“Clearly there’s going to be a transition to the next generation,” says Blade. “Anecdotally, we see that it might have been exclusively males a generation ago. That’s not going to be the case.”
Sara Dent, the B.C. coordinator for Young Agrarians, a network of new and young ecological and organic farmers, says, “There’s this demographic going through university and coming out wondering what they can do to make a difference in the world and how they can actively do something that mitigates climate change.” Klapwyk had her “organic farming is the answer” epiphany while studying international development. Many come to it after environmental studies programs.
This new wave of farmers may fall under census radars since many aren’t yet in Klapwyk’s position and don’t have a fixed address. Says Dent, “They’re working in a more temporary environment to get the training and experience that they need to potentially become owner-operators down the road.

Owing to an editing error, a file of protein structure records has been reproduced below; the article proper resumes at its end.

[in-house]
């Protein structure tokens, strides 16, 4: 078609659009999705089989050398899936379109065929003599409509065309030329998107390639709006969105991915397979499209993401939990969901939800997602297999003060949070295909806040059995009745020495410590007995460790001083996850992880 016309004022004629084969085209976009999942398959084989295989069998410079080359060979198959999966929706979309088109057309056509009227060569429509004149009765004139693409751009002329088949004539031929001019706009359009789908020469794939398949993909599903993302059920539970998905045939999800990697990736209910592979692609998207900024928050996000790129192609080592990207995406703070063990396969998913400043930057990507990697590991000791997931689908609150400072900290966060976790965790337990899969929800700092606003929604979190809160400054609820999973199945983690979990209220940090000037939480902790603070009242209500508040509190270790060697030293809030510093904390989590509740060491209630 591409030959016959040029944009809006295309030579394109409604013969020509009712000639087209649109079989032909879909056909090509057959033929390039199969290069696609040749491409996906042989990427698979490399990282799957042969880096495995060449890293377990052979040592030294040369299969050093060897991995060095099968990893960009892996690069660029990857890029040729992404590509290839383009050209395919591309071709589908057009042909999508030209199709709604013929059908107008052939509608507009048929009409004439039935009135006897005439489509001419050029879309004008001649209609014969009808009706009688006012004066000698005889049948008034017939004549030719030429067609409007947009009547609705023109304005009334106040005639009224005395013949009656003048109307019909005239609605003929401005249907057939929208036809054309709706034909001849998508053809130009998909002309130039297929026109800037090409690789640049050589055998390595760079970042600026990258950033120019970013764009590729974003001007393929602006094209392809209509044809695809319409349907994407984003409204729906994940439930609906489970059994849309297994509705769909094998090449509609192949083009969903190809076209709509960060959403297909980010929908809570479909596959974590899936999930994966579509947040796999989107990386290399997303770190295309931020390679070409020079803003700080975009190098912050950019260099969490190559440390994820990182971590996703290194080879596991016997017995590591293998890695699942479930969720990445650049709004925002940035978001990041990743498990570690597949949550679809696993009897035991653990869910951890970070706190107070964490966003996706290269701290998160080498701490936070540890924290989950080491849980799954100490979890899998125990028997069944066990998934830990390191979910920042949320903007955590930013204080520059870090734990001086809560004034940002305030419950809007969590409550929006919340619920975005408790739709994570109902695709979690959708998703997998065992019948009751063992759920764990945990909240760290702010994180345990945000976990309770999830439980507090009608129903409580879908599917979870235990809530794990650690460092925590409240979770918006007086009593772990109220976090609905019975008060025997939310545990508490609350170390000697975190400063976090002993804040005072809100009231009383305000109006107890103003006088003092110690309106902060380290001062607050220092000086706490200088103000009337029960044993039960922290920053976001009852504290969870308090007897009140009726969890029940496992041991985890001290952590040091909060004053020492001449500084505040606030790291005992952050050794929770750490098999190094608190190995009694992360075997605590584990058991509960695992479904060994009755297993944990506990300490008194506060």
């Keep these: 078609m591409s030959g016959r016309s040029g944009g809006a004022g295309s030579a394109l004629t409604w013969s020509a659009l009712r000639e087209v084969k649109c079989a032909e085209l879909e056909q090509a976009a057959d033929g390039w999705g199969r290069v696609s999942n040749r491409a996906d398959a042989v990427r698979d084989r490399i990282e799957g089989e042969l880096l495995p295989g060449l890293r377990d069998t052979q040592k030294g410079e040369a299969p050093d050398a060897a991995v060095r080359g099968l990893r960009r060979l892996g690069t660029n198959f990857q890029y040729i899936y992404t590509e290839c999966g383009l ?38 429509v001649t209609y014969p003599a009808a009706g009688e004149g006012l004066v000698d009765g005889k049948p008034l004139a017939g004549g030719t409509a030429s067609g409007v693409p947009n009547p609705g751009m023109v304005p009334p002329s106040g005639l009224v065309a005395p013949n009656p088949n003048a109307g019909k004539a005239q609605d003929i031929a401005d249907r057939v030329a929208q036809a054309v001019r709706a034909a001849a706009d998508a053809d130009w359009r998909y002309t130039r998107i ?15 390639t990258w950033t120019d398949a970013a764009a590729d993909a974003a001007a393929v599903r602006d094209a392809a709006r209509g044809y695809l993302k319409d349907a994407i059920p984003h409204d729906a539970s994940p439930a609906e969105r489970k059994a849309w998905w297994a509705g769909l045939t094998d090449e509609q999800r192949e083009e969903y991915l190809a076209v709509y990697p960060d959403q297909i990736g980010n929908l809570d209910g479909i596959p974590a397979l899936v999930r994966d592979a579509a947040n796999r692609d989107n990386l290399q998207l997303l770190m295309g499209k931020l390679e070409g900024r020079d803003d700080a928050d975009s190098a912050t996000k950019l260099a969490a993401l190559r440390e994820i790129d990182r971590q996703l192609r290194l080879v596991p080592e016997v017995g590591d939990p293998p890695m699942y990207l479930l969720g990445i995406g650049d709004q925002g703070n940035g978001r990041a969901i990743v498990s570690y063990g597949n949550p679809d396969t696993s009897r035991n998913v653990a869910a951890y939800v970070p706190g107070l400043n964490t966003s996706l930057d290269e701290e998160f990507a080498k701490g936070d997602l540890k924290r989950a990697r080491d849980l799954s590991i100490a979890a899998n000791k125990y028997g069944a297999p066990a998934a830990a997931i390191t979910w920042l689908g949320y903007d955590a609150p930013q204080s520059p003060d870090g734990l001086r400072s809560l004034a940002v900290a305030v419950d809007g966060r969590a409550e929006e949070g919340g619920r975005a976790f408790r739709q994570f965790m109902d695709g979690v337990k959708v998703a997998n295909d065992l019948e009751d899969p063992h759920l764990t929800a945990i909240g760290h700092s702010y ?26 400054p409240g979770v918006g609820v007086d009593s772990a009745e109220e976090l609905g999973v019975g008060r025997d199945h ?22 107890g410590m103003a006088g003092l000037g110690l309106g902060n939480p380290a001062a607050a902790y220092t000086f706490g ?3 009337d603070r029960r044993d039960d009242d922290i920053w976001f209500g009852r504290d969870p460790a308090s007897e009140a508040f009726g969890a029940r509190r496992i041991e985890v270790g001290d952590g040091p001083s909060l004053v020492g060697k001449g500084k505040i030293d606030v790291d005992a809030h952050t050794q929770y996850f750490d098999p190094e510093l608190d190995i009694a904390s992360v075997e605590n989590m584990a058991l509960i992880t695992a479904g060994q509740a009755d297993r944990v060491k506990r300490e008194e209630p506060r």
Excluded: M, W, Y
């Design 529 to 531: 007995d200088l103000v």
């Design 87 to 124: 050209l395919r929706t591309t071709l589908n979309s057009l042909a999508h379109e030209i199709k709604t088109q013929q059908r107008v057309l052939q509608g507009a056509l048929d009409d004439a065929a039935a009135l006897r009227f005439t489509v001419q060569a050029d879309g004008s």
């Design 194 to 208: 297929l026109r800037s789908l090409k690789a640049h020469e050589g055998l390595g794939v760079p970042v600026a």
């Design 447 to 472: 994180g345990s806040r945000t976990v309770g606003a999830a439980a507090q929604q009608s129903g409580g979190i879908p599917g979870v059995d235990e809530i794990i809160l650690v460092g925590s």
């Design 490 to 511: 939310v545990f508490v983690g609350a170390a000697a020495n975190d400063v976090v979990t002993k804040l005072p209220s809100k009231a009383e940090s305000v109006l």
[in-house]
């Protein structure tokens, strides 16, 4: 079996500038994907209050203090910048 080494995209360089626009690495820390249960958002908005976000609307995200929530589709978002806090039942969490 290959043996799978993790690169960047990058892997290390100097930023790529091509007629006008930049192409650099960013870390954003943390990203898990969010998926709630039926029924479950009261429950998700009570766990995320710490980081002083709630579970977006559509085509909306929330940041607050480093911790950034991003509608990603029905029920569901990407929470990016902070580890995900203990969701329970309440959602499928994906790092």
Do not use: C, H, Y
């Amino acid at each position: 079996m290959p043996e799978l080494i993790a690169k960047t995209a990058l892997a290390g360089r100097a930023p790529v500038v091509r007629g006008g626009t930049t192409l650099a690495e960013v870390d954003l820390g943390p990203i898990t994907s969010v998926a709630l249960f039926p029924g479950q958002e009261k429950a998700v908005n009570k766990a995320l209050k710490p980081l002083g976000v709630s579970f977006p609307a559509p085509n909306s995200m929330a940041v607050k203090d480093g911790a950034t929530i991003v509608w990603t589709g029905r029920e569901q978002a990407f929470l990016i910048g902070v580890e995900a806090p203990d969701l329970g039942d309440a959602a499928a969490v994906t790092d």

Christie Young founded FarmStart in 2005 to help that new generation of ecological farmers get the experience and training they need. At least half the people coming through the organization’s programs are women. But without farm families and a whack of capital backing them, getting into supply-managed commodity farming can be a challenge, particularly when you may have to shell out millions for quota. So they start small, often working in cooperatives or on incubator farms that rent out plots of up to a couple acres, sharing tractors, tools and mentors for up to five-year leases before those businesses find more permanent homes.